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Federal

Jan 12, 2016

Rundle: Barnaby and the Nats stuck between a mine and a hard place

As Barnaby Joyce follows his ambitions, the Nationals are going to have to start paying attention to rural voters, not mining interests -- or go the way of the dodo themselves.

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It’s always a joy to see a man doing something he loves and is good at, and so it is watching Tony Windsor on Twitter chronicle the rise and rise of Barnaby Joyce — especially in the past few days, as the pug-nosed knight of St George gathers the endorsements of the oil and CSG men who were once National Party leaders themselves:

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That’s pretty important, since these days the National Party more or less is the resources sector, with two former leaders, John Anderson and Mark Vaile, both involved in companies running coal-seam gas and open-cut mines (Santos and Whitehaven respectively — both of which are loathed by much of the community in which they’re found). Former Nats are studded through the mining corps and industry peak bodies.

Given Australia’s meticulously designed political system — matched public funding of parties removes the need to seek an active social base, while giving the appearance of democracy — the Nats haven’t needed to take the rising conflict between mining and farming into account. Public funding provides the base money, corporate donations from Big Mining, the extra funds — and a chance to make real money after politics. That was all ticking along very nicely for many a year.

Since 2005, that’s become more difficult, for the simple reason that mining has gotten utterly out of control and raised a rural movement against itself. This coincided with the victory of independents — Windsor, Oakeshott and Andren, and then McGowan in Indi — as once-compliant rural electorates began to turf the Nats and Libs out.

Barnaby saw the protests, the blockades and the marches, and decided — like any true leader — that he better get out in front of it, wherever it was going. In the years after 2005, as the “maverick” senator for Queensland, he could do exactly that, condemning heavy-handed CSG exploration and exploitation and coming out hard against the insane Shenhua mine proposed for the Liverpool Plains. He even adopted a greenish note on endangered species in the path of the mines. It was especially easy in opposition. He impressed many at the time with the strength of his campaign against the assault on farming, and his apparent willingness to work with the Greens, who were assisting the farmers in their campaigns.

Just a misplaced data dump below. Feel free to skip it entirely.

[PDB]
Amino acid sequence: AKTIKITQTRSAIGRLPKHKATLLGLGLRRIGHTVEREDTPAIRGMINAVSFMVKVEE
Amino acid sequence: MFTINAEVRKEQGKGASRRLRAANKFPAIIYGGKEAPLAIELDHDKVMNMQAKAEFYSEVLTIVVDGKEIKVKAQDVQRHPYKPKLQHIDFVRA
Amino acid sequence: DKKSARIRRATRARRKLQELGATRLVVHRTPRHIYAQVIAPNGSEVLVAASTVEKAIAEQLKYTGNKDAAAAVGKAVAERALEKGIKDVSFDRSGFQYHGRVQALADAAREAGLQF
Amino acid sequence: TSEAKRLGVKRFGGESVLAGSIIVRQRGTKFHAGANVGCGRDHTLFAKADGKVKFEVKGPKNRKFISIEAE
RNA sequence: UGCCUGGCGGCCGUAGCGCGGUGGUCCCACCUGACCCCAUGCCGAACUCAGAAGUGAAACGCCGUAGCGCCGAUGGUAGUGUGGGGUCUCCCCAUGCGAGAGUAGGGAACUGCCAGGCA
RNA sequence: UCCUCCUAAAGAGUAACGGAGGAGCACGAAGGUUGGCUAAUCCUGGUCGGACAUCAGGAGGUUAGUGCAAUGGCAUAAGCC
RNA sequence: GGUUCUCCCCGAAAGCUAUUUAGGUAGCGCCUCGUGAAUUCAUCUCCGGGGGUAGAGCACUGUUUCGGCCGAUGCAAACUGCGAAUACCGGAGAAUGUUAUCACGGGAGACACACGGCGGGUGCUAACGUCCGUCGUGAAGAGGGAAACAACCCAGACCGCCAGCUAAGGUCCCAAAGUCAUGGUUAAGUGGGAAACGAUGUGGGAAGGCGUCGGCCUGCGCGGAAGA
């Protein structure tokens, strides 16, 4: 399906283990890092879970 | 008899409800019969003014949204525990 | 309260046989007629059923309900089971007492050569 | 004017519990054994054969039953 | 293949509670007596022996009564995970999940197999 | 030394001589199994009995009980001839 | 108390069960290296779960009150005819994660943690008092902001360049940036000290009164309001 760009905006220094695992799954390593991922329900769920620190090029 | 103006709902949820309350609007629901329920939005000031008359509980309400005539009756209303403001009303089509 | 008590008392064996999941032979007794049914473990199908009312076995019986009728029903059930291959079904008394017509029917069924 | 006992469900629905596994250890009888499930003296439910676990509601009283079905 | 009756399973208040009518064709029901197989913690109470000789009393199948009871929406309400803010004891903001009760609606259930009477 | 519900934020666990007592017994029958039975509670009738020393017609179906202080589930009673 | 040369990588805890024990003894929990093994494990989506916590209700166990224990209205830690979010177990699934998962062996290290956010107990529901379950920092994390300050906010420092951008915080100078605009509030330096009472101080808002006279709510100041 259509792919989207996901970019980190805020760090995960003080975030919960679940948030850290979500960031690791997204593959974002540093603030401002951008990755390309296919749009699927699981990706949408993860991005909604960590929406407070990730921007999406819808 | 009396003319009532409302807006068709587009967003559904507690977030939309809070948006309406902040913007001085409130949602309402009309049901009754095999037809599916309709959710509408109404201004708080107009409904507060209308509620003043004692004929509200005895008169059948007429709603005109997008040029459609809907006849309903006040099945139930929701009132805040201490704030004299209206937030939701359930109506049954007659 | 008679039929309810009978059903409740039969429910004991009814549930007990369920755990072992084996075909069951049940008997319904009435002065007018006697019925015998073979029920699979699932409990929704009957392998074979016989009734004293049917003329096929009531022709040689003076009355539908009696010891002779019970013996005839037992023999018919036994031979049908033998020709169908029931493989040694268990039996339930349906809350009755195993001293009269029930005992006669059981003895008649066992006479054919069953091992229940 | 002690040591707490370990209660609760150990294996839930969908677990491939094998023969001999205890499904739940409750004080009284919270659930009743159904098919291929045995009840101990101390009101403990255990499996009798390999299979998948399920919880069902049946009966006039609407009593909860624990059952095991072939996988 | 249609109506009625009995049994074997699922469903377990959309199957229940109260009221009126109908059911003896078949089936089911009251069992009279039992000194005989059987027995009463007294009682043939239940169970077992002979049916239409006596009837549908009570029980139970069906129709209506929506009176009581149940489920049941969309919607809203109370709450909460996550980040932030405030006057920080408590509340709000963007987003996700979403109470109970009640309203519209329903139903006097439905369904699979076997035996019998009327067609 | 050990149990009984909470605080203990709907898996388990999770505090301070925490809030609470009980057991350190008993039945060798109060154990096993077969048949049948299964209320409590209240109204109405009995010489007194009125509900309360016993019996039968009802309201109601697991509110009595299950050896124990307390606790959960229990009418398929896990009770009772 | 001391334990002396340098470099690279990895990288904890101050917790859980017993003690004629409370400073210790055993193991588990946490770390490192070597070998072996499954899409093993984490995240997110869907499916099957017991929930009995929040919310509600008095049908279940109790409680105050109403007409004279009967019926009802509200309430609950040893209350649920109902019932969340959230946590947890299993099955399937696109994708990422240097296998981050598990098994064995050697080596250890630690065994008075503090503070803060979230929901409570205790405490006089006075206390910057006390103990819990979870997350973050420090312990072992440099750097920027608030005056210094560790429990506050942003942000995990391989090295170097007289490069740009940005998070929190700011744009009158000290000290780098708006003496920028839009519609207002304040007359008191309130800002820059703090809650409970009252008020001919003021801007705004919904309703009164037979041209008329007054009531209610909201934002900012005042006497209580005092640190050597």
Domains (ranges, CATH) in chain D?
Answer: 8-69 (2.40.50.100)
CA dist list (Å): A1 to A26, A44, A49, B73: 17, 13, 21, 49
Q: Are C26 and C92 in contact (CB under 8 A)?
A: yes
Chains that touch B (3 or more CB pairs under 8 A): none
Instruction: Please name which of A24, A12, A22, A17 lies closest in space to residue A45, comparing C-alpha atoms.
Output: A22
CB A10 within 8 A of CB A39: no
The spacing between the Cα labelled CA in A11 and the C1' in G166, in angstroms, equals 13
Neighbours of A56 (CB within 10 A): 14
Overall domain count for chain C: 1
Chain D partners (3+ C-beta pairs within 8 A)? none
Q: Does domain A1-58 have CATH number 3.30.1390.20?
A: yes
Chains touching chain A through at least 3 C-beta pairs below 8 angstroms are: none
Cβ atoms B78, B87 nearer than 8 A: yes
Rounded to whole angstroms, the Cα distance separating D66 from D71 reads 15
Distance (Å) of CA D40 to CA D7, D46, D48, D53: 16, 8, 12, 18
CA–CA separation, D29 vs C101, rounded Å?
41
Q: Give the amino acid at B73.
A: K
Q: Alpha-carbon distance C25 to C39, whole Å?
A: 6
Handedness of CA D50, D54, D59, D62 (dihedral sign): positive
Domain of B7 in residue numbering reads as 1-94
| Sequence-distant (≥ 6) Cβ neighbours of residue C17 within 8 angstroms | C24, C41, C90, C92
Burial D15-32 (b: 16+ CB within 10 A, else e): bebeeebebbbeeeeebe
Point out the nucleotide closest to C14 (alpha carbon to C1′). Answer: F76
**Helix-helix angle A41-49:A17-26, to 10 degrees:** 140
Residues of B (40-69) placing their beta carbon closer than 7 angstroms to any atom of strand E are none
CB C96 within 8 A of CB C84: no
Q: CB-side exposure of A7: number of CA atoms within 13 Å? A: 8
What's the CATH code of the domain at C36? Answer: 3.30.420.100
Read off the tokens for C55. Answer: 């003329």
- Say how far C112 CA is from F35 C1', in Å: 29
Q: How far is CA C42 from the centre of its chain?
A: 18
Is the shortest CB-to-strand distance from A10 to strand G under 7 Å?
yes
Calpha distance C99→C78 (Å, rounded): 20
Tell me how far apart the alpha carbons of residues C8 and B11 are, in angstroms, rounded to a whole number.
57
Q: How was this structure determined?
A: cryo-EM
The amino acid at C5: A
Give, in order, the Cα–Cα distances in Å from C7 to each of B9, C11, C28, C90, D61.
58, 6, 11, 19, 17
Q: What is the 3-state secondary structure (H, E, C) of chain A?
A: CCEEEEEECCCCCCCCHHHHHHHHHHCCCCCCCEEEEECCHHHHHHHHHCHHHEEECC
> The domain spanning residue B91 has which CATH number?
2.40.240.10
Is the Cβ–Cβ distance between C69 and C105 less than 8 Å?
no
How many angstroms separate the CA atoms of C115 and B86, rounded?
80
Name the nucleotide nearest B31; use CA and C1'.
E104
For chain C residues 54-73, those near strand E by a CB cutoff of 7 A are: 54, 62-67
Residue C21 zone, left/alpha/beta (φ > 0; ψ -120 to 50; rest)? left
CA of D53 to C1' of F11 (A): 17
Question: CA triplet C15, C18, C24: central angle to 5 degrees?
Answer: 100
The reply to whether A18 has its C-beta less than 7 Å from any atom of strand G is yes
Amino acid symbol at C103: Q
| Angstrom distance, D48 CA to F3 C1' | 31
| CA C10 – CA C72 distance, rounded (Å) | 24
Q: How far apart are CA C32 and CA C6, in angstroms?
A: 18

But then “disaster” struck: the Coalition took power. Joyce became Water Minister, exactly the position from which to put a stop to the mad, self-defeating process of coal and CSG expansion in eastern Australia. He flubbed it magnificently, declaring that there was nothing he could do about the Shenhua Watermark mine, which would plunge a 300-metre open cut into the centre of “black soil” country and the Murray-Darling basin. In the southern part of New England, Joyce’s name is on a par with the scree and sludge they’ll be pumping out of that mine, if it ever happens.

That puts the Nats in a very interesting position. If Joyce takes the leadership and the Coalition wins a second term, he simply won’t be able to run from the demands to do something about the havoc that CSG and mining are creating in rural communities. That’s not merely from those who opposed open-slather exploration from the start, but from those who were initially welcoming of CSG money, and now have buyers’ remorse. Were the Nats to short-change their electorate again, I do not see how a dissident rural movement of real force could not emerge and quickly prove a real threat to them.

But that might even happen before the election — if they elevate Joyce to the leadership, they may have to select a new one after September (or March), because Joyce may well not be in Parliament. The greatest threat would come from a run by Tony Windsor for the seat he held for 12 years — a run he is still considering –but not just from that. There is such anger and resistance to CSG and mining in the region, such a feeling of betrayal that, after a few weeks spent in the region at the end of last year, I’m convinced any decent and compelling independent, with roots in the community and an agenda for balanced rural development could take the seat with a decent campaign.

Not just that seat. The Nationals, in tying themselves to an industry that digs holes, may have dug one for themselves. Joyce could be knocked off in New England, and Nick Xenophon’s NXT is running a candidate in Calare. In sparsely populated remote seats, the Nats are safe for now. But in more populous NSW seats, where different ways of life contend, they have long since ceased to represent the broad population, their varying values and aspirations.

The rationale for the wholesale commitment to CSG and coal mining has been that it pumps money into rural regions. But that was predicated on a never-ending boom. When the boom bust, there was talk of it being cyclical. Now, it seems all the more likely that China and India will be producing most of their own supply domestically. That, together with other factors, suggests the never-ending boom has not been all that it seems. Furthermore, a lot of the resource-first policy was simply a National Party elite being bamboozled by the very big money flying around.

They weren’t the only ones. Now that it’s not sticking around, and the magic pudding hasn’t eventuated, the Nats will have to start representing the people who voted for them — especially as their interests start to diverge from the base of their Liberal Coalition partners. Otherwise, concerns about endangered species might be closer to home.

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